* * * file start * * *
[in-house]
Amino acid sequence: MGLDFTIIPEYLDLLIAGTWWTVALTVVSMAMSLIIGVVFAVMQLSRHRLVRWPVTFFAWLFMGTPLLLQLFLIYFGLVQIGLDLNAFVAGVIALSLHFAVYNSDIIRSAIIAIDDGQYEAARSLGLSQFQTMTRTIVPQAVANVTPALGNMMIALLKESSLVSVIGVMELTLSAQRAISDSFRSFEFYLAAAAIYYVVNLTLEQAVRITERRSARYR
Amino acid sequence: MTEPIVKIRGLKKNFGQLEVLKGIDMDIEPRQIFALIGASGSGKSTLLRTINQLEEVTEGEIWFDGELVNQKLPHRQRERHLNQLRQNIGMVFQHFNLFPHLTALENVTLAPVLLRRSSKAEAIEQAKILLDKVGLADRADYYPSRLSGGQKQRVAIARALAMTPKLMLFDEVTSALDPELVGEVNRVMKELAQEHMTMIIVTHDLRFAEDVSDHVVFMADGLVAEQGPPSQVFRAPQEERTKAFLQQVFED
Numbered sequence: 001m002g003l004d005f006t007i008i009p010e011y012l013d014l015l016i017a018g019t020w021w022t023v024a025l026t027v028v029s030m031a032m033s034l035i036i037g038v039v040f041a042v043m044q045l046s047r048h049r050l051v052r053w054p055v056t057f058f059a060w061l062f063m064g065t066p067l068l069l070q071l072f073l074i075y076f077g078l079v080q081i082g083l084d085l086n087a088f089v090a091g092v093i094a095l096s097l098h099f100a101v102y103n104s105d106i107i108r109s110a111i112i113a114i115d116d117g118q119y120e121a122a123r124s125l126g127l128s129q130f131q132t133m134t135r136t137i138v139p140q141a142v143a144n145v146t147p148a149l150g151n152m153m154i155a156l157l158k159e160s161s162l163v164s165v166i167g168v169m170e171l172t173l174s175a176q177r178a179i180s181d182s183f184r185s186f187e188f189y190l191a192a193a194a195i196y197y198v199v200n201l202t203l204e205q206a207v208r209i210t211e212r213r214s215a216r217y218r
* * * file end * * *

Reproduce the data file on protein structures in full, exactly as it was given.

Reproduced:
[in-house]
Amino acid sequence: MGLDFTIIPEYLDLLIAGTWWTVALTVVSMAMSLIIGVVFAVMQLSRHRLVRWPVTFFAWLFMGTPLLLQLFLIYFGLVQIGLDLNAFVAGVIALSLHFAVYNSDIIRSAIIAIDDGQYEAARSLGLSQFQTMTRTIVPQAVANVTPALGNMMIALLKESSLVSVIGVMELTLSAQRAISDSFRSFEFYLAAAAIYYVVNLTLEQAVRITERRSARYR
Amino acid sequence: MTEPIVKIRGLKKNFGQLEVLKGIDMDIEPRQIFALIGASGSGKSTLLRTINQLEEVTEGEIWFDGELVNQKLPHRQRERHLNQLRQNIGMVFQHFNLFPHLTALENVTLAPVLLRRSSKAEAIEQAKILLDKVGLADRADYYPSRLSGGQKQRVAIARALAMTPKLMLFDEVTSALDPELVGEVNRVMKELAQEHMTMIIVTHDLRFAEDVSDHVVFMADGLVAEQGPPSQVFRAPQEERTKAFLQQVFED
Numbered sequence: 001m002g003l004d005f006t007i008i009p010e011y012l013d014l015l016i017a018g019t020w021w022t023v024a025l026t027v028v029s030m031a032m033s034l035i036i037g038v039v040f041a042v043m044q045l046s047r048h049r050l051v052r053w054p055v056t057f058f059a060w061l062f063m064g065t066p067l068l069l070q071l072f073l074i075y076f077g078l079v080q081i082g083l084d085l086n087a088f089v090a091g092v093i094a095l096s097l098h099f100a101v102y103n104s105d106i107i108r109s110a111i112i113a114i115d116d117g118q119y120e121a122a123r124s125l126g127l128s129q130f131q132t133m134t135r136t137i138v139p140q141a142v143a144n145v146t147p148a149l150g151n152m153m154i155a156l157l158k159e160s161s162l163v164s165v166i167g168v169m170e171l172t173l174s175a176q177r178a179i180s181d182s183f184r185s186f187e188f189y190l191a192a193a194a195i196y197y198v199v200n201l202t203l204e205q206a207v208r209i210t211e212r213r214s215a216r217y218r